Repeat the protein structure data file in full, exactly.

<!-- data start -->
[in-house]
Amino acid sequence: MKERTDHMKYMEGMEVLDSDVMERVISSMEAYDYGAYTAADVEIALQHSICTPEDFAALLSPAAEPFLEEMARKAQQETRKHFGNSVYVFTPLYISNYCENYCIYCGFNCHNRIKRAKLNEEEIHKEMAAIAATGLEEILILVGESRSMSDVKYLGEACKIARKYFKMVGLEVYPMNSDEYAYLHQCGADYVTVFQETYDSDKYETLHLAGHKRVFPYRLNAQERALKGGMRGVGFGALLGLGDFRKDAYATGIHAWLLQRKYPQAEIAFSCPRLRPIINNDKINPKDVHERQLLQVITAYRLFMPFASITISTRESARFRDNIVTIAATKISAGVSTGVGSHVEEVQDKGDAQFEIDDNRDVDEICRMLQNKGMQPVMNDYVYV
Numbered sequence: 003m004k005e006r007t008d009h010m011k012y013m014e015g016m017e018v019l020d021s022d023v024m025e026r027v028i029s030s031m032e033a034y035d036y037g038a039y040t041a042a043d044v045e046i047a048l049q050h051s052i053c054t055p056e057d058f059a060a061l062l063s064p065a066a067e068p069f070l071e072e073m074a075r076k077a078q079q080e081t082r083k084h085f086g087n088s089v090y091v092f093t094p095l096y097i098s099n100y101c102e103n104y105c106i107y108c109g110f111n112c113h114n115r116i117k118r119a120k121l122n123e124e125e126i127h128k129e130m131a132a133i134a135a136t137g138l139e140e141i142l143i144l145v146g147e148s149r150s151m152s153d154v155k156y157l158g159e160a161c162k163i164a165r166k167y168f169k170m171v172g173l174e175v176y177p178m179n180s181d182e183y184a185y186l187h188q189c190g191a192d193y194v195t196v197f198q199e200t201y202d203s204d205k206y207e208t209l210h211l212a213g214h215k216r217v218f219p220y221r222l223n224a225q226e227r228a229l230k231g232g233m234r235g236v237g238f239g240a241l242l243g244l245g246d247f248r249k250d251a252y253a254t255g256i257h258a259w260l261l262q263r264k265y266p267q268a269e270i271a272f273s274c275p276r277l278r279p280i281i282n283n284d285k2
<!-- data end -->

[in-house]
Amino acid sequence: MKERTDHMKYMEGMEVLDSDVMERVISSMEAYDYGAYTAADVEIALQHSICTPEDFAALLSPAAEPFLEEMARKAQQETRKHFGNSVYVFTPLYISNYCENYCIYCGFNCHNRIKRAKLNEEEIHKEMAAIAATGLEEILILVGESRSMSDVKYLGEACKIARKYFKMVGLEVYPMNSDEYAYLHQCGADYVTVFQETYDSDKYETLHLAGHKRVFPYRLNAQERALKGGMRGVGFGALLGLGDFRKDAYATGIHAWLLQRKYPQAEIAFSCPRLRPIINNDKINPKDVHERQLLQVITAYRLFMPFASITISTRESARFRDNIVTIAATKISAGVSTGVGSHVEEVQDKGDAQFEIDDNRDVDEICRMLQNKGMQPVMNDYVYV
Numbered sequence: 003m004k005e006r007t008d009h010m011k012y013m014e015g016m017e018v019l020d021s022d023v024m025e026r027v028i029s030s031m032e033a034y035d036y037g038a039y040t041a042a043d044v045e046i047a048l049q050h051s052i053c054t055p056e057d058f059a060a061l062l063s064p065a066a067e068p069f070l071e072e073m074a075r076k077a078q079q080e081t082r083k084h085f086g087n088s089v090y091v092f093t094p095l096y097i098s099n100y101c102e103n104y105c106i107y108c109g110f111n112c113h114n115r116i117k118r119a120k121l122n123e124e125e126i127h128k129e130m131a132a133i134a135a136t137g138l139e140e141i142l143i144l145v146g147e148s149r150s151m152s153d154v155k156y157l158g159e160a161c162k163i164a165r166k167y168f169k170m171v172g173l174e175v176y177p178m179n180s181d182e183y184a185y186l187h188q189c190g191a192d193y194v195t196v197f198q199e200t201y202d203s204d205k206y207e208t209l210h211l212a213g214h215k216r217v218f219p220y221r222l223n224a225q226e227r228a229l230k231g232g233m234r235g236v237g238f239g240a241l242l243g244l245g246d247f248r249k250d251a252y253a254t255g256i257h258a259w260l261l262q263r264k265y266p267q268a269e270i271a272f273s274c275p276r277l278r279p280i281i282n283n284d285k2